So much of the suffering we experience in our lives comes from our own selves, from our own thoughts, from our own thinking, from our minds.
We can get lost in thought and carried away with ideas and stories we tell ourselves in our heads.
We have unconscious beliefs and patterns and tendencies that shape how we view and relate to the world.
Here are three illusions we cling to that cause us suffering:
We long for permanence, stability, for things to endure. We want what we know, what we like, to continue. We avoid thinking about death. We resist loss. There’s a part of us that wants to grasp, hold on, cling to what we know—especially to what feels good, to what we like, to what we love. We want what we love to go on, to continue.
But everything is impermanent, and things are always changing.
If we really reflect on this, we’ll see the truth in it.
There are people who used to be my closest friends who I no longer talk to. There are people I’ve loved who are no longer in my life. There are places I’ve lived that I didn’t think I’d leave, that I left. There are things I used to believe that I no longer resonate with—things I can no longer relate to. There are things I used to do that I no longer do, things that no longer feel like me.
Things are always changing; we’re always changing. We can’t grasp or hold onto anything. We can’t make anything last forever, even if we’d like to.
This is why it’s so important to be in the moment, to be fully present in our moments. The current moment is the only one we will ever truly feel, the only one we’ll taste, the only one we’ll breathe in. It’s the only one that’s vibrant and alive and fully here.
When we go out for a walk, we feel the wind on our face or our fingers, feel our feet moving across the earth, see the trees and the sky and the birds and the world around us. After we’re done, when we’re back inside, all we have is a memory of the cool air on our skin, a fuzzy image of what we saw when we’d been outside.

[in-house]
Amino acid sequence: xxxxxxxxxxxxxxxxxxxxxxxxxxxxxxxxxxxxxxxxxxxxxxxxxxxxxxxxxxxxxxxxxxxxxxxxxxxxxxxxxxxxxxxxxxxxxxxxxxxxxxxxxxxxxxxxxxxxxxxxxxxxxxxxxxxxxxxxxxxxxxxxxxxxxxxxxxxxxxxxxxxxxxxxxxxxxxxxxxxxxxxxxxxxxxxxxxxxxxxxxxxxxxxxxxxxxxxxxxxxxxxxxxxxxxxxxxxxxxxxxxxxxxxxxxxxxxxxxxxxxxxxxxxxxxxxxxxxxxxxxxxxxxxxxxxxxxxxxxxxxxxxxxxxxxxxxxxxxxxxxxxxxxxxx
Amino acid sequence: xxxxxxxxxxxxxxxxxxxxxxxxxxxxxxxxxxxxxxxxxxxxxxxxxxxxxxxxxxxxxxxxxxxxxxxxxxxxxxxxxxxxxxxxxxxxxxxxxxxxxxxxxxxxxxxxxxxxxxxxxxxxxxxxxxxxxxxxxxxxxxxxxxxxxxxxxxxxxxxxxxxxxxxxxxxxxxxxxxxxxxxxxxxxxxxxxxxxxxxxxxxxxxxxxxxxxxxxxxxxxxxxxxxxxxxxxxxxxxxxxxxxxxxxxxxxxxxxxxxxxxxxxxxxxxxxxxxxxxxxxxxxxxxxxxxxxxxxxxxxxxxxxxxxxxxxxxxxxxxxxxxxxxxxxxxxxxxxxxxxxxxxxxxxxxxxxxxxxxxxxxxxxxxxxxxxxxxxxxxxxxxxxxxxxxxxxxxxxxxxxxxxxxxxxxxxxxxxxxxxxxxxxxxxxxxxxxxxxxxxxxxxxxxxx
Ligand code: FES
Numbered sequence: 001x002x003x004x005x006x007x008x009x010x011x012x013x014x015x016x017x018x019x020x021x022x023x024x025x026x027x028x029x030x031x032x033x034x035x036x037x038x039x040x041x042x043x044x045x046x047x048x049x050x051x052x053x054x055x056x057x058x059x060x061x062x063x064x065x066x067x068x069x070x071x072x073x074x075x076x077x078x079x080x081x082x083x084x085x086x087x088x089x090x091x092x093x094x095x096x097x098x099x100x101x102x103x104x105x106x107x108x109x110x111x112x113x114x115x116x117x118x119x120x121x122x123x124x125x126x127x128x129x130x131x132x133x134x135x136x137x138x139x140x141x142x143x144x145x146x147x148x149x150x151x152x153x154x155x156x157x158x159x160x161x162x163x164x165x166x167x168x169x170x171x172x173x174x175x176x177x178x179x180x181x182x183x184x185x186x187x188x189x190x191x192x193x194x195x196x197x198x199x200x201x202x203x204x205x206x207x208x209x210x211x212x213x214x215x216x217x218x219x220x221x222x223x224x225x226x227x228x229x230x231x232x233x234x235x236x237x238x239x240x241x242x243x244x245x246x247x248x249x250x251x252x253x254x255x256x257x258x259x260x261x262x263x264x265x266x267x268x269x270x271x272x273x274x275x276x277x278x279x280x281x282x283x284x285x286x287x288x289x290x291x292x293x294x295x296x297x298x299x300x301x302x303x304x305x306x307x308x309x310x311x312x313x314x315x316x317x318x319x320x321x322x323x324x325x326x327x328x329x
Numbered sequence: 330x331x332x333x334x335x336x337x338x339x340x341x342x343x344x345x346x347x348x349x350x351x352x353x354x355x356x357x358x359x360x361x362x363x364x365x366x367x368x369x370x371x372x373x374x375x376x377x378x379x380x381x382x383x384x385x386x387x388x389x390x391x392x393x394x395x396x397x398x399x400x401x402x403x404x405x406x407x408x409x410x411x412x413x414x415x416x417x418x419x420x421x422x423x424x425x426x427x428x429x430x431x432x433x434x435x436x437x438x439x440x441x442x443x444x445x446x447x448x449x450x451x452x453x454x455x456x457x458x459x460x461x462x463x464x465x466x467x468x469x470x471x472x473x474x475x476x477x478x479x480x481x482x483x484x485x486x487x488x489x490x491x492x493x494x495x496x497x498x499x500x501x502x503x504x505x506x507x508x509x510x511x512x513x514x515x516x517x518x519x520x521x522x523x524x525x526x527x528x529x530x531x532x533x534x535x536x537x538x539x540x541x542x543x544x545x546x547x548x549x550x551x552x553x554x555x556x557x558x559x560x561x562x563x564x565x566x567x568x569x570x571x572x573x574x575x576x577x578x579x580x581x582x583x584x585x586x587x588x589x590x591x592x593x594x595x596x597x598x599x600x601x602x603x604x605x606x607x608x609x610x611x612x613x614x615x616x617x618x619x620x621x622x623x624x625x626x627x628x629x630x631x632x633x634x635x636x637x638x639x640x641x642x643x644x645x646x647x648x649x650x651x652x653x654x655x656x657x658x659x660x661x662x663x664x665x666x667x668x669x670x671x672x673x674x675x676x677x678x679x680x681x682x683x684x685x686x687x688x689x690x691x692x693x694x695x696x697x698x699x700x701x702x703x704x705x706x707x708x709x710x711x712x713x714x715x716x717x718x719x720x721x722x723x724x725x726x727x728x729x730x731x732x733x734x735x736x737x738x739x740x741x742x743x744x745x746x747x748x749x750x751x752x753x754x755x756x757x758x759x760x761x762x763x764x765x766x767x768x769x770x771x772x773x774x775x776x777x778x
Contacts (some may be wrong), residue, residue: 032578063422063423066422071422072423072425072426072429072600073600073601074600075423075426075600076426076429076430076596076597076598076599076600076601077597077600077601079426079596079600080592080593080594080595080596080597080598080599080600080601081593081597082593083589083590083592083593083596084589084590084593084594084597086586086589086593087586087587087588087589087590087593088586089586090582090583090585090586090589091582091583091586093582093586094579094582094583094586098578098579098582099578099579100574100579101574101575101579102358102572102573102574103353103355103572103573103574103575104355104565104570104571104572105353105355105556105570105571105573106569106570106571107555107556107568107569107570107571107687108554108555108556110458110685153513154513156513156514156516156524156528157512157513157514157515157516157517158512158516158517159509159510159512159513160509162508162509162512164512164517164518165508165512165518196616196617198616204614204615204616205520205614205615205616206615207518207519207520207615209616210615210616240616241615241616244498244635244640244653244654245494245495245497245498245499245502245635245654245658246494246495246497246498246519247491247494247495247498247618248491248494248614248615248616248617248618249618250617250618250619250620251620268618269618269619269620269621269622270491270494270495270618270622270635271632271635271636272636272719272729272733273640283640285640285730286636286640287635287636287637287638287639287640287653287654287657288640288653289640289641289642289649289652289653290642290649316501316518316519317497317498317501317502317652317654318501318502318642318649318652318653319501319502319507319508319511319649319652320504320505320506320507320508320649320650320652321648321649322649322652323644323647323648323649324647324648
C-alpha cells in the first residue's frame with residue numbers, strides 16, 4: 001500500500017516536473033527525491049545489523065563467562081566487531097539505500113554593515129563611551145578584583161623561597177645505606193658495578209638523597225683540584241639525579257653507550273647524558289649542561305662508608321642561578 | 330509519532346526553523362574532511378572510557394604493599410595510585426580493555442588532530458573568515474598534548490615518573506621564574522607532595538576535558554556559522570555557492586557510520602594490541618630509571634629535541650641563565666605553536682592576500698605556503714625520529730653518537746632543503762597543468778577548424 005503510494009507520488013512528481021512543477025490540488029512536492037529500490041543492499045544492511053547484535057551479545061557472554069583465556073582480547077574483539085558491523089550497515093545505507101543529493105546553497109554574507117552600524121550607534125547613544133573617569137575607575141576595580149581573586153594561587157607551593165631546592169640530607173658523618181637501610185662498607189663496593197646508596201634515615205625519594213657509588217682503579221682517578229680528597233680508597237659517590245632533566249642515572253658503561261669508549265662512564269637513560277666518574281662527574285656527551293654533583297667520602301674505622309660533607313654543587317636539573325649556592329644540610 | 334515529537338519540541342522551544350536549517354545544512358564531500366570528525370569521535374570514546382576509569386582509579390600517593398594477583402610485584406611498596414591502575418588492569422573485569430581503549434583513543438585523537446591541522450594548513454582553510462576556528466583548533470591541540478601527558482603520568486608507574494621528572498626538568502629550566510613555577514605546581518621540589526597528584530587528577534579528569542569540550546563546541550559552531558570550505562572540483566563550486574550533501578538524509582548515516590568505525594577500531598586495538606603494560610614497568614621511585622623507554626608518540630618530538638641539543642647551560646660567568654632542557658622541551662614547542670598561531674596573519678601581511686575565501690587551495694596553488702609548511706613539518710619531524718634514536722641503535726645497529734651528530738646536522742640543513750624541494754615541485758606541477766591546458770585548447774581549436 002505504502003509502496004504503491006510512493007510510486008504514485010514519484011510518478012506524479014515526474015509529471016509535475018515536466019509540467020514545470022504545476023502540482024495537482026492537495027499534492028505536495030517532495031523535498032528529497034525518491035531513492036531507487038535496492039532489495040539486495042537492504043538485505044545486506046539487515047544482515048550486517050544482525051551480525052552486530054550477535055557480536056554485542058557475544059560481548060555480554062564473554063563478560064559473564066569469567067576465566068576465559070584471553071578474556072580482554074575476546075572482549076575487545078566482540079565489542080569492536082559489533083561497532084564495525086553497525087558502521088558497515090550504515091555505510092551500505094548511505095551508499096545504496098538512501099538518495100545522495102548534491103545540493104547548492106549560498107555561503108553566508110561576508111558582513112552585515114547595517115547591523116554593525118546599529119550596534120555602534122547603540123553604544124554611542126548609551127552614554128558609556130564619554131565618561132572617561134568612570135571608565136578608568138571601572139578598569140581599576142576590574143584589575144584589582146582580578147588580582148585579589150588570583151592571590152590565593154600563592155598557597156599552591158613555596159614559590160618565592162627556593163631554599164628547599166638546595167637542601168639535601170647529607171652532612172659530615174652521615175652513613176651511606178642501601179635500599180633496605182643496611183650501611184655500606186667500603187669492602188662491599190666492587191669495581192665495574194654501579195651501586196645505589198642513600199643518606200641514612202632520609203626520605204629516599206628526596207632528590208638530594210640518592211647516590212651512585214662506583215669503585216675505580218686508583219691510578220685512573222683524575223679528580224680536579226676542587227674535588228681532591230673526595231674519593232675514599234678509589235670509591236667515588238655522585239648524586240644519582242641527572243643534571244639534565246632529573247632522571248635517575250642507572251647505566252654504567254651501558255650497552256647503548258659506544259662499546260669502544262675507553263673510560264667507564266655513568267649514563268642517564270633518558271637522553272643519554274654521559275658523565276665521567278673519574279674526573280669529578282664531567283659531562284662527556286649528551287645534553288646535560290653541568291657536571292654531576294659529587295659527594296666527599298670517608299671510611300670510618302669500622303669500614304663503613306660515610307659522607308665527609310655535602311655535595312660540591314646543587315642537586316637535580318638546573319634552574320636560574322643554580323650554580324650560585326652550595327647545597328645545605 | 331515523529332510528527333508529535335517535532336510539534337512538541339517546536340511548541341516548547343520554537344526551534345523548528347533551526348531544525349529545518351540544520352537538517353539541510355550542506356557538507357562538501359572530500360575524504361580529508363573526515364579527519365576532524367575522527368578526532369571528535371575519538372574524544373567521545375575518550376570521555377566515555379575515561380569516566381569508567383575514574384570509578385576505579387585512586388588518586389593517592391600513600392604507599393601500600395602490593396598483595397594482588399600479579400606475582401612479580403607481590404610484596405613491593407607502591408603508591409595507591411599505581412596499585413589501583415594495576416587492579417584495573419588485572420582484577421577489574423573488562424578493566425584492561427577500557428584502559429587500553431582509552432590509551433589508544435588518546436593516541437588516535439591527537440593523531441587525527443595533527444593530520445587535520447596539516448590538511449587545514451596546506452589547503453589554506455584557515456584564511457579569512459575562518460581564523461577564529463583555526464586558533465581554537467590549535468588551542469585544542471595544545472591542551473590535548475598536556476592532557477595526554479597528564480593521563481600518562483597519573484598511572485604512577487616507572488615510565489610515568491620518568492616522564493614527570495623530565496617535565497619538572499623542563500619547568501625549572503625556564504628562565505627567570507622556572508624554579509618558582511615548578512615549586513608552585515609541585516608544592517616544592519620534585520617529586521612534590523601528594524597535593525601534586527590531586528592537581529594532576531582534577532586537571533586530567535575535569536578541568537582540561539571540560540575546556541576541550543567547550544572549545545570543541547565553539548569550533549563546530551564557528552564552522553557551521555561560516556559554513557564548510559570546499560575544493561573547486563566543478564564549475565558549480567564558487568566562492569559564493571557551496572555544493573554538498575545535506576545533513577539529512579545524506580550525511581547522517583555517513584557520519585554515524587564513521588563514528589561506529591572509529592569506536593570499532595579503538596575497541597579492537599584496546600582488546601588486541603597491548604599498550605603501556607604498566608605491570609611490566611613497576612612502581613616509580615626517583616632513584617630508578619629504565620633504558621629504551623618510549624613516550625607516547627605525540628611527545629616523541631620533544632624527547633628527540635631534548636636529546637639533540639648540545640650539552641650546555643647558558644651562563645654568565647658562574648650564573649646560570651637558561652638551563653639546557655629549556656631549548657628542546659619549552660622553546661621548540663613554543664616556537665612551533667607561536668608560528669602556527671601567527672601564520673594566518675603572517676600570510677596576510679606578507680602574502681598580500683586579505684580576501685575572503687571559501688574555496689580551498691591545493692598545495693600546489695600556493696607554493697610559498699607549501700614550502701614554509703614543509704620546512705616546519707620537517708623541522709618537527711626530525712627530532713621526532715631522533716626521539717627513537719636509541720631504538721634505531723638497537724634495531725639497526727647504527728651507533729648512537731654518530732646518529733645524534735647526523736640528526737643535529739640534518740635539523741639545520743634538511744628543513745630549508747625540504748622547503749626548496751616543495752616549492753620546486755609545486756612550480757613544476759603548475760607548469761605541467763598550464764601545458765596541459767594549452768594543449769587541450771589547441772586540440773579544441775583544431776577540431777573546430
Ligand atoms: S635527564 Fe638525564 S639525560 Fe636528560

The only moment we ever truly have is this one right now.
Many of us cling to control. We want things to go the way we want them to go. Feeling like we’re in control gives us some sense of safety, of security, of permanence.
But we can’t make everything go the way we want it to all of the time. We can’t control every nuance of every situation.
When we learn to ungrasp our fingers, to stop clinging, we soften. We feel the tension ease. This can be a process, a practice, an intention we hold within ourselves. We can watch the parts that want to control and learn from them, soften around them, hold space for them as we continue to release our grip.
When we do this, release our grip, we realize that we can intentionally and intuitively figure out how to navigate each moment, in each moment. We can learn to embrace what is rather than try to force what some part of our mind thinks should be.
We may not be able to control everything in life, but we can choose what to do in each moment. We can align with what feels right and true and move intentionally from our present moment space.
We can choose how we act and react. We can intentionally move with life while it’s unfolding. We can intentionally shift thoughts and expand our perspective. We can turn inward and learn and discover and become aware.
We can have goals and dreams and plans and also allow life to unfold around us and through us, holding our visions lightly, allowing ourselves to shift intuitively with life as it unfolds.
3. “If only…then.”
It’s so easy for us to think, “If only I have this…then I’ll feel happy.” We think if we reach a certain milestone, or learn a certain thing, or have a certain job, or have a particular person in our lives, or have a certain amount of success, or have our lives look a certain way, then everything will be okay. Then we’ll finally be totally happy or content or peaceful or at ease.
But the truth is that this way of thinking is an illusion. There is no ideal moment in the future when everything will be just as we like it, a moment when everything is perfect and will always remain that way.
And if this is our pattern of thinking, it will only continue in the future. If we reach a milestone, there will just be another one we’ll want to meet. There will always be something our minds want or long for, something we want to experience or feel or do.
We can allow the mind to think and dream and imagine, while remaining grounded in our present space. We can understand the illusory thinking patterns of the mind and expand our awareness and come back to the fullness of the present moment.
If we look at the last two points, we can see that they’re really, in some way, part of the first—seeking permanence.
The only moment that we really have is the present moment, the one we’re in right now.
The more we reflect on this, the more we’ll understand the truth of it.